Showing posts with label Tuscany. Show all posts
Showing posts with label Tuscany. Show all posts

Friday, June 1, 2018

Under the Tuscan Sun ~ Bring on Bramasole!

BRAMASOLE ~ from 'Bramare' to yearn for and 'Sole' the Sun
BRAMASOLE ~ Frances Mayes’ home in Cortona, Under the Tuscan Sun

As our train carried us from Florence, Italy through the dreary, rain-soaked Tuscan countryside, the view through the dirty window had us yearning more for the sun than Bramasole . 

Dirty windows, stormy skies - welcome to Tuscany!
We were en route to Cortona, the next stop on our week-long get-away from our home in the Greek Peloponnese.  As long time readers here know, I’ve often credited Mayes’ book with planting that seed of possibility about ‘living differently’ way back when it was published, more than two decades ago. 

Having now purchased a home and moved to Europe, we can even better relate to her tales of dealing with cultural quirks; those everyday frustrations and wonders of living in a world different from that we've known.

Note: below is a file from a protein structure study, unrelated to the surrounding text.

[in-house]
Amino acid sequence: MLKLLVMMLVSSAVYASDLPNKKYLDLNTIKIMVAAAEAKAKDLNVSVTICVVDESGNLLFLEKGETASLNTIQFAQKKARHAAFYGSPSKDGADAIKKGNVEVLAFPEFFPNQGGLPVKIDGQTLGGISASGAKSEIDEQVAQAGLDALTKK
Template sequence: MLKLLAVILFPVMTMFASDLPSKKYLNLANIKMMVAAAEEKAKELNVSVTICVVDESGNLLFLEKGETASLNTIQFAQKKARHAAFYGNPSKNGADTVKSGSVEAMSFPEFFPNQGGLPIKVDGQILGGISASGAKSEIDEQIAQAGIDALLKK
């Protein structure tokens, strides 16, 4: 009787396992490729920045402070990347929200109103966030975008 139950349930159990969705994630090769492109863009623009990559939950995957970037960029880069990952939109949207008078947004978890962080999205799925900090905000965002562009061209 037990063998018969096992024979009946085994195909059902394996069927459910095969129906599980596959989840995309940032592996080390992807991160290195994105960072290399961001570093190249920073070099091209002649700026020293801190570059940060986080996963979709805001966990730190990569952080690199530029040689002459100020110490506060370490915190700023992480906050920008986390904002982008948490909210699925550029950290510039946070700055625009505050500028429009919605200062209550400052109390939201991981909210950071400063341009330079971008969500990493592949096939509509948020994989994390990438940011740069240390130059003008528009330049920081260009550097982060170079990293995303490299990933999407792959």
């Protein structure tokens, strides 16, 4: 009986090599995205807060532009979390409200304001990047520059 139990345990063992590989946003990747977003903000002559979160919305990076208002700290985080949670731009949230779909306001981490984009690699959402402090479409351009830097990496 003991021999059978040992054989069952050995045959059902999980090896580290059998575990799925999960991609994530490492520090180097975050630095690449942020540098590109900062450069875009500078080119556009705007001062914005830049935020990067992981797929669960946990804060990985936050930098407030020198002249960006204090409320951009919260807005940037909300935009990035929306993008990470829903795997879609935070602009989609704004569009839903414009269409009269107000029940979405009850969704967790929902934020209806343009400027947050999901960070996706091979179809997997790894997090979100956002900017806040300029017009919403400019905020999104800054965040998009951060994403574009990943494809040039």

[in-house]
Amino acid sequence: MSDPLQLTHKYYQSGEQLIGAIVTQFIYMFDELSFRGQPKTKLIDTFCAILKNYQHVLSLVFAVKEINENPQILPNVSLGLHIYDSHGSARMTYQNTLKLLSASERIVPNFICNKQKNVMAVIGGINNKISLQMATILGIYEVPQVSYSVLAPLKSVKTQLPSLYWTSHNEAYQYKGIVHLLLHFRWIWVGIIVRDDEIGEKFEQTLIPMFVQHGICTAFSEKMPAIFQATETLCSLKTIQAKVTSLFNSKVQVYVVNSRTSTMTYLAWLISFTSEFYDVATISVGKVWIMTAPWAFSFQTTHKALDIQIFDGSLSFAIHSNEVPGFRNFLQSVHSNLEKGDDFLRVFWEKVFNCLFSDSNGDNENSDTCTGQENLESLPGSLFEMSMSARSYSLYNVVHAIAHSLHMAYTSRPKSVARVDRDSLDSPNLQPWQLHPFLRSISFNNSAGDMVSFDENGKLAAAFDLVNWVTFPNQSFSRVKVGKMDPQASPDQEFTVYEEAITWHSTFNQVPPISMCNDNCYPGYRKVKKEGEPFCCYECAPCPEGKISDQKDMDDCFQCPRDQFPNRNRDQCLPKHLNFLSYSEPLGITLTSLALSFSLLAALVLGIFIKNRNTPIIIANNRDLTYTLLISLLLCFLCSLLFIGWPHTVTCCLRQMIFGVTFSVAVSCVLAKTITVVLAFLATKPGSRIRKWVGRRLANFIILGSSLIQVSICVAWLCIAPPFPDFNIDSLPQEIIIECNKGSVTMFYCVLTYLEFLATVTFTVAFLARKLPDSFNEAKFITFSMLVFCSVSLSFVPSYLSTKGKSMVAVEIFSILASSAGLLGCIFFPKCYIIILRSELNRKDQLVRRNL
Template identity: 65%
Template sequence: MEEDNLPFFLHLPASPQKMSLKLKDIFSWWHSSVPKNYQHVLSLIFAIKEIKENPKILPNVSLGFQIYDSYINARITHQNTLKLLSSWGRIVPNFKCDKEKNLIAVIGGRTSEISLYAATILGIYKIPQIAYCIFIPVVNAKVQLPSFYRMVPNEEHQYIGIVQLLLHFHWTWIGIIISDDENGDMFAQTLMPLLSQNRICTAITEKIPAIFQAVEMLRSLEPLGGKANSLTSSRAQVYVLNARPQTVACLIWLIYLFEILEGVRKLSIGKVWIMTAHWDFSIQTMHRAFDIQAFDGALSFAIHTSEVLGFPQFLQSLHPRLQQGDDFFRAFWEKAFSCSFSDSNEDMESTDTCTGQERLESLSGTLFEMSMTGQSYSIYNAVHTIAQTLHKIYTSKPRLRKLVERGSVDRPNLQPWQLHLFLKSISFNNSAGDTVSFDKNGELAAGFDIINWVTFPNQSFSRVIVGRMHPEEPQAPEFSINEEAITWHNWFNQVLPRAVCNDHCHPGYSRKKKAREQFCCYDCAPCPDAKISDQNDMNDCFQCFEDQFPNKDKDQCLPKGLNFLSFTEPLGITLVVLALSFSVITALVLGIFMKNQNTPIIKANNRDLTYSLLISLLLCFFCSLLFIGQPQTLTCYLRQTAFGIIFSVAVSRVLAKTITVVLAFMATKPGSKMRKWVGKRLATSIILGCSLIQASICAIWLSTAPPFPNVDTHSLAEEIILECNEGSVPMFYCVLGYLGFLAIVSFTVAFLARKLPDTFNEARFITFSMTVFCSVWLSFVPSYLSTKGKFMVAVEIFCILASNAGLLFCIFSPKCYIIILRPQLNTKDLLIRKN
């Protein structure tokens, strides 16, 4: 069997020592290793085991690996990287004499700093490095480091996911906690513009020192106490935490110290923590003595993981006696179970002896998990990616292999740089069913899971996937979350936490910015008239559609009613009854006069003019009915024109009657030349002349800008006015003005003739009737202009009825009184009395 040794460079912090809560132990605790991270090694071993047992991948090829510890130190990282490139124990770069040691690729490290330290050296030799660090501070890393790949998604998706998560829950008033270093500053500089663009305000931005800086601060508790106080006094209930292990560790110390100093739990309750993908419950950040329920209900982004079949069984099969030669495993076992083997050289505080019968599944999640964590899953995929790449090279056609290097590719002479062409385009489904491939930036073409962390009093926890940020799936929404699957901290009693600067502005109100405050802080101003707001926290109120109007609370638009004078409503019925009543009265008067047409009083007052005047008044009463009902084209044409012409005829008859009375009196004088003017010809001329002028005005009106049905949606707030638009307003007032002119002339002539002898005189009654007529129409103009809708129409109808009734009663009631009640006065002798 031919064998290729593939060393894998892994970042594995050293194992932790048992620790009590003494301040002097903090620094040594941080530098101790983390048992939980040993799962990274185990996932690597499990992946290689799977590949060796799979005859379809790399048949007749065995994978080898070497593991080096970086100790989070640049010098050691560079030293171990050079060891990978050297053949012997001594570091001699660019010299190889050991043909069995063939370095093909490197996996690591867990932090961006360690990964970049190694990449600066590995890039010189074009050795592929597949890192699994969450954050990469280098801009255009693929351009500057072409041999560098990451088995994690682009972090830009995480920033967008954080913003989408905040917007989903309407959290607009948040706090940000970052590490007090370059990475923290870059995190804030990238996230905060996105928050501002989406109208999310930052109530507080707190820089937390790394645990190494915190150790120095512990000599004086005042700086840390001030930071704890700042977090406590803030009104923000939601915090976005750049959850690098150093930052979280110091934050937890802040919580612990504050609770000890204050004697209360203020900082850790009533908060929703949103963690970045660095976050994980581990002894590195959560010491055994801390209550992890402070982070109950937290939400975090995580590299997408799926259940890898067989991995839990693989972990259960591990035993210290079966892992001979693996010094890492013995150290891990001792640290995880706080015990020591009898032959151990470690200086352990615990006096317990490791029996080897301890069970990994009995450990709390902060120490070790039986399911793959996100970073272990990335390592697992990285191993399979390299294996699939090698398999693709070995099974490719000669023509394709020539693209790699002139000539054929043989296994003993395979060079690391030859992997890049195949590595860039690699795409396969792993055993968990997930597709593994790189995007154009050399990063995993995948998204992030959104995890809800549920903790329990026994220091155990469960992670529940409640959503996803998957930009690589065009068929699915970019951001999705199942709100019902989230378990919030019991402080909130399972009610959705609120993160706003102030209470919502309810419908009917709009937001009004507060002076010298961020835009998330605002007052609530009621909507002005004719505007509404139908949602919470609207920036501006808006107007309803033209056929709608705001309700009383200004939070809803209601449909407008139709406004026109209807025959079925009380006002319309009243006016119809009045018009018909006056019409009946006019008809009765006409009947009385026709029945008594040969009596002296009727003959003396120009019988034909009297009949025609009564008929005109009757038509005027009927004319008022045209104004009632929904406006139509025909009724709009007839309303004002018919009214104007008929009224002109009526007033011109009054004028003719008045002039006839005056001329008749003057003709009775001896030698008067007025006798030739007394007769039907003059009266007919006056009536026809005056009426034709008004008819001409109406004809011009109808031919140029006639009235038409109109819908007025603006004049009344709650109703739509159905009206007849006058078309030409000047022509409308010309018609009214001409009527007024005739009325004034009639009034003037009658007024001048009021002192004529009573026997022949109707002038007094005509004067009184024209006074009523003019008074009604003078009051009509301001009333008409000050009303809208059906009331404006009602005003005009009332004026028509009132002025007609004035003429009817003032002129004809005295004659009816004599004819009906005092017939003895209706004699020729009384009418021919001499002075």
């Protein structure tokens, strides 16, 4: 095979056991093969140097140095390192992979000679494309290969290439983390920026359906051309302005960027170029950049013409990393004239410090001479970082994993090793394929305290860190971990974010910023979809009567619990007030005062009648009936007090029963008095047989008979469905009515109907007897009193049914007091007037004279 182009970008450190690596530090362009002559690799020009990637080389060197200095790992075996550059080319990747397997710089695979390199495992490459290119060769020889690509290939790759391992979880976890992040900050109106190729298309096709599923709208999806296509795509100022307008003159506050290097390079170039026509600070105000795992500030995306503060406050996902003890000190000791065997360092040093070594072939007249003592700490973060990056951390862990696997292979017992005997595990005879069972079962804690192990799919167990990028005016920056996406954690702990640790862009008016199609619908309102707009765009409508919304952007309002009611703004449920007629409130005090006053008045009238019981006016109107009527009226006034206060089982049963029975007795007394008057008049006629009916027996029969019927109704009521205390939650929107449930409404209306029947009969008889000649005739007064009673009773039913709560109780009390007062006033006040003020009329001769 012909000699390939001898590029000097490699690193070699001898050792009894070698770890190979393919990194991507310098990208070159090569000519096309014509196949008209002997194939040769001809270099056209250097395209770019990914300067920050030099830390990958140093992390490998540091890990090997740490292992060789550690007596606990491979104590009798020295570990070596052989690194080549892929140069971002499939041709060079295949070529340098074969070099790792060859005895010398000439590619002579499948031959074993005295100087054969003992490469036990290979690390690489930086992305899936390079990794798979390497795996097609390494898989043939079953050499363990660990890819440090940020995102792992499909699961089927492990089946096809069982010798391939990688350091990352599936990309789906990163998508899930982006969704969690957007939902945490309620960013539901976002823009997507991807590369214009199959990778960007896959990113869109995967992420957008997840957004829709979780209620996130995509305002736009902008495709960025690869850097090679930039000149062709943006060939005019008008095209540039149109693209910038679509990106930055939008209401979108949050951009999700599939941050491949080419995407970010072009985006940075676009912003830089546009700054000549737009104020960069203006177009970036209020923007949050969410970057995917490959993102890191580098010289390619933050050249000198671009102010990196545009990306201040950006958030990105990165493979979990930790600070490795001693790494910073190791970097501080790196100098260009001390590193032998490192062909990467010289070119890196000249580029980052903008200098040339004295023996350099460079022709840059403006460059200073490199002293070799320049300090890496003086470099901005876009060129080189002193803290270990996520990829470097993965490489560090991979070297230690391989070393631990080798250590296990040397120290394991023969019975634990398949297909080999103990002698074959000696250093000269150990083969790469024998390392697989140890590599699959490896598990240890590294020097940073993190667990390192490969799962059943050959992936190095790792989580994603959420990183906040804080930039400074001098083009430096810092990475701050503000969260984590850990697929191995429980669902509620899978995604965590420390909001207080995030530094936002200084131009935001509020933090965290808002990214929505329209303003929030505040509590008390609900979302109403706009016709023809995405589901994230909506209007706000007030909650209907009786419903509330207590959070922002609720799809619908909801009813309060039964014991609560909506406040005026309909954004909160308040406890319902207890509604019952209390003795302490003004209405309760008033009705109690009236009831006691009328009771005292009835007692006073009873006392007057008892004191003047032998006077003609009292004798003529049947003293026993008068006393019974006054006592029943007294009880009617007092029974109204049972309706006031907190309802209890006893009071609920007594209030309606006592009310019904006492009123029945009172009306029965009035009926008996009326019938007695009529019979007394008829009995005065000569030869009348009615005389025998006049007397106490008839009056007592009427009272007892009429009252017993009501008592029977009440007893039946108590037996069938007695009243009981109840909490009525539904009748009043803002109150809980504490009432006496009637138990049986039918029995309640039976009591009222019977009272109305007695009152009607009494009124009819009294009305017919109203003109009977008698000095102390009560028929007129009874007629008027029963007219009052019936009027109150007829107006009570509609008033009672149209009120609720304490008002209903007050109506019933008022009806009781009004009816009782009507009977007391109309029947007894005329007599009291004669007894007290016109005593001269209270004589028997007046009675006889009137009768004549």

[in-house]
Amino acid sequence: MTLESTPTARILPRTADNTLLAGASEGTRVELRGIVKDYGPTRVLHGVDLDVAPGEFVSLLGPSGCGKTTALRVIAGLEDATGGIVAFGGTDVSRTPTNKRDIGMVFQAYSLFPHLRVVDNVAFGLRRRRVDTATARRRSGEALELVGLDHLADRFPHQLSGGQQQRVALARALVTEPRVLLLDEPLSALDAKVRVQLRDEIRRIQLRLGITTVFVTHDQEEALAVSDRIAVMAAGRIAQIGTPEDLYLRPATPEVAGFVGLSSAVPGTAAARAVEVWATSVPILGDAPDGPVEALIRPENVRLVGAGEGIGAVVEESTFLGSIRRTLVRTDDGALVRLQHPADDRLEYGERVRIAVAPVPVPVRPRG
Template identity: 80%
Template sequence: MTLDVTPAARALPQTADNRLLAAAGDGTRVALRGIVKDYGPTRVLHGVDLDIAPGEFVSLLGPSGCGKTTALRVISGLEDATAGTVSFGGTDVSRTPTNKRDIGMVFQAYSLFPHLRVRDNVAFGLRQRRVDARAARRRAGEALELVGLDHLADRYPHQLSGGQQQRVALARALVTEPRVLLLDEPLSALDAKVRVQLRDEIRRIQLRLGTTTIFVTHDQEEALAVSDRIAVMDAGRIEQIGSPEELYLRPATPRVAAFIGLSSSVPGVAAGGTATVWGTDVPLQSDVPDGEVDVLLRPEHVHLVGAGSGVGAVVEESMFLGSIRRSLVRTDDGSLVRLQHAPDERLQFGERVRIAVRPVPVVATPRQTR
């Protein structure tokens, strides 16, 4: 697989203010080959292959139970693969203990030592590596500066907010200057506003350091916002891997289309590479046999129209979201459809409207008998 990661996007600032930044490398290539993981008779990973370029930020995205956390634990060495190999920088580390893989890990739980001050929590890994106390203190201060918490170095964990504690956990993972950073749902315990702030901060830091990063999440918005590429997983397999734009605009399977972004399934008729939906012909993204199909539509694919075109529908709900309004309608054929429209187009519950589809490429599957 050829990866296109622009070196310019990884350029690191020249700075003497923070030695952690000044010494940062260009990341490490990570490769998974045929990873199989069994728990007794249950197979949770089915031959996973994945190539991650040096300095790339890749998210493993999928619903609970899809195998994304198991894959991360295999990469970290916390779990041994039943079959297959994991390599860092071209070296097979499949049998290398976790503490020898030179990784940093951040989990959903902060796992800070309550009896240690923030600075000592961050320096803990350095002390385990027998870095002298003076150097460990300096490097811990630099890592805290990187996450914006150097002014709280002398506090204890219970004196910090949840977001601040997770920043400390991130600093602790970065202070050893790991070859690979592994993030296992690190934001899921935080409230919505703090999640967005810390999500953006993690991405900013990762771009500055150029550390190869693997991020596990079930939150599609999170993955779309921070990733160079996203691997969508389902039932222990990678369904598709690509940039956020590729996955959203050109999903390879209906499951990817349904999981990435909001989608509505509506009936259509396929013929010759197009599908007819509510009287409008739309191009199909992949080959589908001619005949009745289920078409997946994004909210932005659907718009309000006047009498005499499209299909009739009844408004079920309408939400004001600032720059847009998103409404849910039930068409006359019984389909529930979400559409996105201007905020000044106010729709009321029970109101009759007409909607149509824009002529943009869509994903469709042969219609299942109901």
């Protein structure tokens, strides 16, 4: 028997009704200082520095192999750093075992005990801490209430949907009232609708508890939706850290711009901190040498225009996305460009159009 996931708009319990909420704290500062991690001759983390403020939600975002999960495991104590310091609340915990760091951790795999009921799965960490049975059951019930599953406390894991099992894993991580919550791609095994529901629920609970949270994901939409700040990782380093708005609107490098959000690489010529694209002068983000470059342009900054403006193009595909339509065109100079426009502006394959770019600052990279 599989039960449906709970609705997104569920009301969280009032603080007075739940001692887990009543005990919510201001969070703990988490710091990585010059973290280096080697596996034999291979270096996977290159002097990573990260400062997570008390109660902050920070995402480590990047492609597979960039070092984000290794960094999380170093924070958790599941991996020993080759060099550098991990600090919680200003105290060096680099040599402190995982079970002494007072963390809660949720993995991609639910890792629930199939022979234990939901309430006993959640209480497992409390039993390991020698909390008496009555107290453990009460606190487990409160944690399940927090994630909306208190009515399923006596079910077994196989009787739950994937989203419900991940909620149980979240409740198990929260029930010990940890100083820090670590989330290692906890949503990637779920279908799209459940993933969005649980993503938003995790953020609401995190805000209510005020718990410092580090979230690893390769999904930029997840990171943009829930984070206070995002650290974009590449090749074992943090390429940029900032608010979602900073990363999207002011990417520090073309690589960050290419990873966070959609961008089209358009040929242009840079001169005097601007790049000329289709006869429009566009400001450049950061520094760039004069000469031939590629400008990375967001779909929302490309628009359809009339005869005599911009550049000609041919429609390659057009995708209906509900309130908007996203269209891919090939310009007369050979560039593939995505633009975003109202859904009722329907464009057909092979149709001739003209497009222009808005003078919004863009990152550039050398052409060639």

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Villa Marsili, Cortona - friends meet, location great, room charming, breakfast incredible
While Cortona has long been on the ‘bucket list’ we’d never made it there during earlier Tuscan travels.  This trip came about when a Pacific Northwest friend, Sharon, and I were discussing Mayes’ books via email and she reminded me that she would be in Cortona that following week as part of a a University of Washington (Seattle, WA) alumni tour group. They’d ‘do’ Tuscany from their Cortona base. 

What a perfect time and place to rendezvous, I thought. And how nice to have short and relatively inexpensive flights between Athens and Rome! Luck was with us, as we were able to book a room at  Villa Marsili where the UW group was staying. 

The hotel, besides having a perfect location (10-minute walk from the center of town and a walking distance to Bramasole), also offered a breakfast buffet included in the room rate that offered so many selections it required two display tables. In the evening complimentary Vin Santo and sweets were served. Everything about this four-star hotel exceeded our expectations.

Cortona, this charming walled city was devoid of huge tourist groups in May